In a nutshell, spacers and tokens are NOT speed sensitive and Ramp Control is. So a graph of speed vs. effect of a standard spring would be meaningless – the curve is the same at different shaft speeds. Compare that to a Ramp Control-enhanced fork. It would essentially be linear at low-speeds and progressive at high-speeds. We think this is preferable, because the fork isn’t “fighting” you in situations like climbing or traversing technical terrain (rather, it’s gobbling up bumps), but it is resistant to bottoming on hard, high-speed hits.

      • TimB on

        Can you show this on a pressure volume curve? Way I see it is the ramp cartridge a bleed valve with that works only with a specified rate of pressure increase. This is similar to how the K2 Razor Back rear shok worked back in the late 90’s but in that case the bleed valve provided a linear damping function, whereas your bleed valve shuts off if the flow rate is too high

  3. Shamu on

    Is this similar to the old Manitou SPV and SPV+? Seems like both offer a “platform” adjustment. I have an old SPV fork and the assembly looks similar. On those you could remove the valve spring in the SPV assembly to make it into a poor-man’s compression damping. Anyone remember those?

    • Soren on

      yes i remeber those.
      my experience the spd valve worked pretty well but had lacking support.
      no, it’s much different.

  4. Ripnshread on

    So its essentially a Speed Sensitive Valve for the air chamber? If so, cool. In theory an SSV could be tuned to close at very low and very high rates with two linked SSV’s. So maybe they will solve the slow speed dive as well.

  5. Steven on

    “…as your air volume gets smaller, you typically need to run higher air pressure.”

    You’re doing it wrong.

    • Tyler Benedict on

      Steven, what’s your theory on this? I liken it to road bike tires versus mtb tires. If I ran 30psi in my road bike tires, with their low volume, I’d be riding on the rims. Likewise, if I ran lower pressures in my 100mm XC forks, I’d be blowing through the travel and bottoming all over the place. I’m curious what you’re doing differently.

      • gy on

        If you’re running lower pressure but blowing through the travel, shrinking the volume of the air spring with a spacer allows the spring rate to increase faster as the fork moves through its travel. As your air volume gets smaller you can use lower pressure for the same amount of bottom out protection.

        There is no good tire analogy that I can think of – the closest thing is something like the Schwalbe Pro-Core dual chamber tire system.

      • HDManitoba on

        You can’t directly compare suspension air springs to a tire. The biggest difference is that in a tire you do not compress the volume of the tire down to 1/2 or 1/3 of the original volume as happens in a fork or shock air spring. Its called compression ratio (Starting volume divided by ending volume).

        Compression ratio on a tire hitting a bump and bottoming on the rim isn’t high enough to compress the volume of the tire significantly or change the overall pressure much. You could check this out by taking out the valve core of your presta valve stem, pumping up the tire, leave the pump on the valve and then compress part of the tire as if you were going over a rock. The pressure won’t go up much.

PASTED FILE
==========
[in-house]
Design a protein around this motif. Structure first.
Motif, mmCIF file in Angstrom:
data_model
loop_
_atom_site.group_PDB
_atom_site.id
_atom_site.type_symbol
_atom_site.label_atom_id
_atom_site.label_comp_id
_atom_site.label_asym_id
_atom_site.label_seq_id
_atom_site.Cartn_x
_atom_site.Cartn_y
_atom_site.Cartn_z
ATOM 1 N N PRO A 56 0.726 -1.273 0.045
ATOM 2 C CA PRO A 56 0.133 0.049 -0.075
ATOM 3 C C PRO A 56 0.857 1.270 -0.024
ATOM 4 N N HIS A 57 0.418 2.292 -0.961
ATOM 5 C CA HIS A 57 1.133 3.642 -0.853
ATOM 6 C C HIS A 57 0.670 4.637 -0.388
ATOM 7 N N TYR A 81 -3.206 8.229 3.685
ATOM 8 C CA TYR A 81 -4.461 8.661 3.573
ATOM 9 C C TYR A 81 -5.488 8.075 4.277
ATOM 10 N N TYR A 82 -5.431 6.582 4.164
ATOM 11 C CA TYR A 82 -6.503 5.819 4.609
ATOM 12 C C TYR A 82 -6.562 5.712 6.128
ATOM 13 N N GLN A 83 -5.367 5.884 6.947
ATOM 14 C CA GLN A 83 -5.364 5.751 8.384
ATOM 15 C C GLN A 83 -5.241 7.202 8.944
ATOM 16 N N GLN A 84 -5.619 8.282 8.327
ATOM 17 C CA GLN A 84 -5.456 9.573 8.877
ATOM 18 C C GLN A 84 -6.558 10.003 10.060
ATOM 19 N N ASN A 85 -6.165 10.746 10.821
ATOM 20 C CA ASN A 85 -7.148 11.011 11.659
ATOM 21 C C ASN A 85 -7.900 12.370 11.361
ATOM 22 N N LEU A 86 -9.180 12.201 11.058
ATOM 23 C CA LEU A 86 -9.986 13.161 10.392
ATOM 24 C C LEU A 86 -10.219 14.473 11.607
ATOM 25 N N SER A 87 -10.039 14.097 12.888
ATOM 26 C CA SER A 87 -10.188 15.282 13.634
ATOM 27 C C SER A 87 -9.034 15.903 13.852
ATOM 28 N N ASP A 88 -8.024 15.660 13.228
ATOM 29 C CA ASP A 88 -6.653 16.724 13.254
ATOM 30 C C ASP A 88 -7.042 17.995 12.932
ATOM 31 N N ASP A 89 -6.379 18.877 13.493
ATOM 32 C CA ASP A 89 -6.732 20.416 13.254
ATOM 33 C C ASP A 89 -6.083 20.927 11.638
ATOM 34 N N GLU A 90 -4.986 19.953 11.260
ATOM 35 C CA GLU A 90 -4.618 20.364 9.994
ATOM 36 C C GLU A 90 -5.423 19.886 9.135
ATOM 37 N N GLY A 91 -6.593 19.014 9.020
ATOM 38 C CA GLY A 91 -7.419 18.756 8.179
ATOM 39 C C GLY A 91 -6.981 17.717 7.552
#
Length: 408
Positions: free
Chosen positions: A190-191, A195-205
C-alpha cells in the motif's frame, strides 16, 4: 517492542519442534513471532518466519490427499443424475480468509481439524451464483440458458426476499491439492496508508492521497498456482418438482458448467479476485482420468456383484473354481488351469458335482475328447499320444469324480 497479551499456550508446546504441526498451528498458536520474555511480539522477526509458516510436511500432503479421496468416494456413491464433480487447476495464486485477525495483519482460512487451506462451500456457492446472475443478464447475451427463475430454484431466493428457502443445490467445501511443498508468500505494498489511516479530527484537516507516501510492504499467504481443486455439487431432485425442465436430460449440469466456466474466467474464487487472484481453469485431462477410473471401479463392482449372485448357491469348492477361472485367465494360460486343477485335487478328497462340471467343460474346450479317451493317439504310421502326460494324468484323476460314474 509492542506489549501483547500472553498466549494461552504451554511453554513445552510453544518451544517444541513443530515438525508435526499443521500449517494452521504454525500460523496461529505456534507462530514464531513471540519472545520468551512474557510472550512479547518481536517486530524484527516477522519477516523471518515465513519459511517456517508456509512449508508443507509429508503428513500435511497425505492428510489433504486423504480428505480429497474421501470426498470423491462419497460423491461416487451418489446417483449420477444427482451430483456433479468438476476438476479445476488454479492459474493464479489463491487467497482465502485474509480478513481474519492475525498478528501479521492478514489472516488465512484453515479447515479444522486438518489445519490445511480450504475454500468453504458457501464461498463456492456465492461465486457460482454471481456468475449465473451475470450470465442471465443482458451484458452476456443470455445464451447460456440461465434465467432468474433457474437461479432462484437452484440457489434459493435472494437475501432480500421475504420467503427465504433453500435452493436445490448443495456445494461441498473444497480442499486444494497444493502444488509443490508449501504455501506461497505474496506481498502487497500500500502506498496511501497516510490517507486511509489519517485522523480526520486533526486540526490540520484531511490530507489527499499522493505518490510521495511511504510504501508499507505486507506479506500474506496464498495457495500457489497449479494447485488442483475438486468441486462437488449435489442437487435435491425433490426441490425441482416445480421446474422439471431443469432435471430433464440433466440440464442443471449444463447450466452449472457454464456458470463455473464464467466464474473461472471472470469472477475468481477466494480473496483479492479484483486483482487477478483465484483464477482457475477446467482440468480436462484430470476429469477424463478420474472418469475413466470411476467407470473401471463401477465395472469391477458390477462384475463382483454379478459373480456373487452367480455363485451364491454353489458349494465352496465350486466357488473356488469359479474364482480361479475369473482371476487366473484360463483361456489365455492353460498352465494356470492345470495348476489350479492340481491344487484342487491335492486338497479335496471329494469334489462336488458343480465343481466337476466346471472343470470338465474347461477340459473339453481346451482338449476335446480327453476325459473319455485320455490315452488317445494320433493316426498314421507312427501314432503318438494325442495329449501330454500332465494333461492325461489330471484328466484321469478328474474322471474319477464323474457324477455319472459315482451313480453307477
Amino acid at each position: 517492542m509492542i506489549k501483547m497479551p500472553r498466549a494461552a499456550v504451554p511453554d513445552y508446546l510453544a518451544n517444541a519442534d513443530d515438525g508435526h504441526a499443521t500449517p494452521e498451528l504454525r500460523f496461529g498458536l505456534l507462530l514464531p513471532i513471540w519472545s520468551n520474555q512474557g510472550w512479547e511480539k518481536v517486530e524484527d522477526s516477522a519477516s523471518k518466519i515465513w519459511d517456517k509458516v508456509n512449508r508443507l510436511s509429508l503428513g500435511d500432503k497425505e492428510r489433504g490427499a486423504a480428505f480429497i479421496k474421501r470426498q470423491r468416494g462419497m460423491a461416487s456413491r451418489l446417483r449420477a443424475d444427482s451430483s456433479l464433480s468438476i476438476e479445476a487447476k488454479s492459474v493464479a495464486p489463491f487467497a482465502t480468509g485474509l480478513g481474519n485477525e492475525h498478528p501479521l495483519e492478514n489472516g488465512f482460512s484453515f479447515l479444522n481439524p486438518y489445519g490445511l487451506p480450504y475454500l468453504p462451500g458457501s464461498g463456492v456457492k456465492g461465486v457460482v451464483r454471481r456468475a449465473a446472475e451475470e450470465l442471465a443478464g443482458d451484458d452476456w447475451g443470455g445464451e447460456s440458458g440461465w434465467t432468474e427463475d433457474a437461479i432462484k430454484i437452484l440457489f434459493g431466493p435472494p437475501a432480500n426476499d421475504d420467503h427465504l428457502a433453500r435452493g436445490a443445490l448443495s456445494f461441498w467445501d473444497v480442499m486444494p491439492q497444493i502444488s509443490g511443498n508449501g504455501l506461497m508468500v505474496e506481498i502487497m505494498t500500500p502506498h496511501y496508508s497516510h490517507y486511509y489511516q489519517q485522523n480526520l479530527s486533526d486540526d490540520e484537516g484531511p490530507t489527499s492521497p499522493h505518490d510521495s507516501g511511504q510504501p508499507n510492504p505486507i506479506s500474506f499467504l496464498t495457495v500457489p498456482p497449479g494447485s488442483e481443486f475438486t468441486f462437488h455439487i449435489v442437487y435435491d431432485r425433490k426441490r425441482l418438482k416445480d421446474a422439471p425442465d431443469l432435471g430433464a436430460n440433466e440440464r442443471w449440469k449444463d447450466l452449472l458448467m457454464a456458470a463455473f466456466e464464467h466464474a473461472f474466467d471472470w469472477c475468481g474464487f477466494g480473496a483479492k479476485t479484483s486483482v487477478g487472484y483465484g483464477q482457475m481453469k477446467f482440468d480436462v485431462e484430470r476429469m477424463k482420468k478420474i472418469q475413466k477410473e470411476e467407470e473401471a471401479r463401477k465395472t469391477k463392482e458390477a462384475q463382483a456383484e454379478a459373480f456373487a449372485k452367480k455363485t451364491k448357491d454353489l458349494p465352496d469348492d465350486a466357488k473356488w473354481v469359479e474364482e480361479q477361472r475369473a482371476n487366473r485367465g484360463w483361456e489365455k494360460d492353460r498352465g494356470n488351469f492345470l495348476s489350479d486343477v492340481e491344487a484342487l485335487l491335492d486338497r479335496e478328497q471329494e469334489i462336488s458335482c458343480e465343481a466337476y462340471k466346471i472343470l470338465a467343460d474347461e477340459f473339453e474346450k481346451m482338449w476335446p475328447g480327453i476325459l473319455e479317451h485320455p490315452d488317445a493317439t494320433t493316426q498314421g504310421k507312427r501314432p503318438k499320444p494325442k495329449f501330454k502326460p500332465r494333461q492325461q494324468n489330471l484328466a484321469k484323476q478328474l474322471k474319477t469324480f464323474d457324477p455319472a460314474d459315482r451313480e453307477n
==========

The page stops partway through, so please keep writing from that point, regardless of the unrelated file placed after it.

Compression ratio on a fork or shock is roughly around 3:1 at bottom out. Meaning that the pressure you start with at top out is 3 times higher at bottom out. Again, attach a pump to a fork, add some pressure, then compress the fork. The increase in pressure will be much higher than it was in the tire scenario. Though be warned because you can ruin the future accuracy of shock pump gauges by exceeding the maximum on the gauge doing this.

        And yes you can use Ryan’s ideal gas equation to figure this out also.

        And the MRP thing above is just like Arlo Englund cartridges and Cane Creek’s older air shocks the AD-10, AD-12 or Cloud Nine that used air as a damping fluid. The problem is that air being compressed and moved through valves like this is inconsistent and can be very different in 100° weather or 50° weather.

        What this cartridge is really doing is adding externally adjustable high speed compression damping. The better way to do this would be to open up the damping cartridge and adjust the shim stack, but that is difficult, you can’t tune it on the trail and most importantly, MRP couldn’t sell it to the thousands of people who own Fox forks.

        • Noah on

          @HDmanitoba good summary there. But the “problem” you point out isn’t really one in my experience. The performance of oil changes with temperature too, so it’s not like air is a disadvantage in this case. Go do a long, hard bike park lap and feel your air-spring stanchion vs. your damper-side stanchion and tell me which is hotter.

          Furthermore, air can be compressed but oil cannot – so you’ll never get a spike using air as a damping medium like is possible with oil. So as far as the inclusion of (or tuning of) a traditional high-speed compression adjustment in the damper being a “better” solution, that’s debatable.


        • TimB on